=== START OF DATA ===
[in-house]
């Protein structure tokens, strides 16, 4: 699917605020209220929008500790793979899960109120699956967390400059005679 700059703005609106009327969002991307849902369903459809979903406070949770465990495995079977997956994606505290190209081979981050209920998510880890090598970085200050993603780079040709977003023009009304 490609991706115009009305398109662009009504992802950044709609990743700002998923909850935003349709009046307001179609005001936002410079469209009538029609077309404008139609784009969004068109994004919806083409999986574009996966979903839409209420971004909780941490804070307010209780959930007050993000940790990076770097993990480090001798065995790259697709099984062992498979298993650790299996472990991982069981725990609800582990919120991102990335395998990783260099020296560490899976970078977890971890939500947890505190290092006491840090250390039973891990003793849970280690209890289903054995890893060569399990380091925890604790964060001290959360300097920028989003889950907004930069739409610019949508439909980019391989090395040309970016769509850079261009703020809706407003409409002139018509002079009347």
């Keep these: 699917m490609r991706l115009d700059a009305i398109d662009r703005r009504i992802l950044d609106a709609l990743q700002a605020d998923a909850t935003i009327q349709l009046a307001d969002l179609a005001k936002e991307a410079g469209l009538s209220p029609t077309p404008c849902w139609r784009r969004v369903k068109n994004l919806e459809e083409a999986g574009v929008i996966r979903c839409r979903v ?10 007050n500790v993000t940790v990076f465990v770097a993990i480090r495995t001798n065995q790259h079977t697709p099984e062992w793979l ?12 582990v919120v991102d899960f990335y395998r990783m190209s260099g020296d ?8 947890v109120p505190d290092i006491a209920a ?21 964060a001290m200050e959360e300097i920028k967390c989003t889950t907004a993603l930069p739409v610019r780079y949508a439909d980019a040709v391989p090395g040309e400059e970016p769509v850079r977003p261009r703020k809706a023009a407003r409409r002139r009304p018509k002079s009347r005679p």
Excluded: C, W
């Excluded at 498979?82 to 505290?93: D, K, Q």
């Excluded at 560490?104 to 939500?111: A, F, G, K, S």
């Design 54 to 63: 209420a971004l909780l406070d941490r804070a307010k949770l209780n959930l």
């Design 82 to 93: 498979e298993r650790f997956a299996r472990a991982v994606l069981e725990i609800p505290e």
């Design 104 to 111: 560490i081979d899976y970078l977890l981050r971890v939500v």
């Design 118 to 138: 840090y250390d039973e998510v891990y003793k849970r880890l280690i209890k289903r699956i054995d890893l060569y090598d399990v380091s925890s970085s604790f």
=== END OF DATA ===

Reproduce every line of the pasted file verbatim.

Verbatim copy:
[in-house]
């Protein structure tokens, strides 16, 4: 699917605020209220929008500790793979899960109120699956967390400059005679 700059703005609106009327969002991307849902369903459809979903406070949770465990495995079977997956994606505290190209081979981050209920998510880890090598970085200050993603780079040709977003023009009304 490609991706115009009305398109662009009504992802950044709609990743700002998923909850935003349709009046307001179609005001936002410079469209009538029609077309404008139609784009969004068109994004919806083409999986574009996966979903839409209420971004909780941490804070307010209780959930007050993000940790990076770097993990480090001798065995790259697709099984062992498979298993650790299996472990991982069981725990609800582990919120991102990335395998990783260099020296560490899976970078977890971890939500947890505190290092006491840090250390039973891990003793849970280690209890289903054995890893060569399990380091925890604790964060001290959360300097920028989003889950907004930069739409610019949508439909980019391989090395040309970016769509850079261009703020809706407003409409002139018509002079009347």
């Keep these: 699917m490609r991706l115009d700059a009305i398109d662009r703005r009504i992802l950044d609106a709609l990743q700002a605020d998923a909850t935003i009327q349709l009046a307001d969002l179609a005001k936002e991307a410079g469209l009538s209220p029609t077309p404008c849902w139609r784009r969004v369903k068109n994004l919806e459809e083409a999986g574009v929008i996966r979903c839409r979903v ?10 007050n500790v993000t940790v990076f465990v770097a993990i480090r495995t001798n065995q790259h079977t697709p099984e062992w793979l ?12 582990v919120v991102d899960f990335y395998r990783m190209s260099g020296d ?8 947890v109120p505190d290092i006491a209920a ?21 964060a001290m200050e959360e300097i920028k967390c989003t889950t907004a993603l930069p739409v610019r780079y949508a439909d980019a040709v391989p090395g040309e400059e970016p769509v850079r977003p261009r703020k809706a023009a407003r409409r002139r009304p018509k002079s009347r005679p």
Excluded: C, W
């Excluded at 498979?82 to 505290?93: D, K, Q």
């Excluded at 560490?104 to 939500?111: A, F, G, K, S």
């Design 54 to 63: 209420a971004l909780l406070d941490r804070a307010k949770l209780n959930l």
């Design 82 to 93: 498979e298993r650790f997956a299996r472990a991982v994606l069981e725990i609800p505290e």
């Design 104 to 111: 560490i081979d899976y970078l977890l981050r971890v939500v």
């Design 118 to 138: 840090y250390d039973e998510v891990y003793k849970r880890l280690i209890k289903r699956i054995d890893l060569y090598d399990v380091s925890s970085s604790f």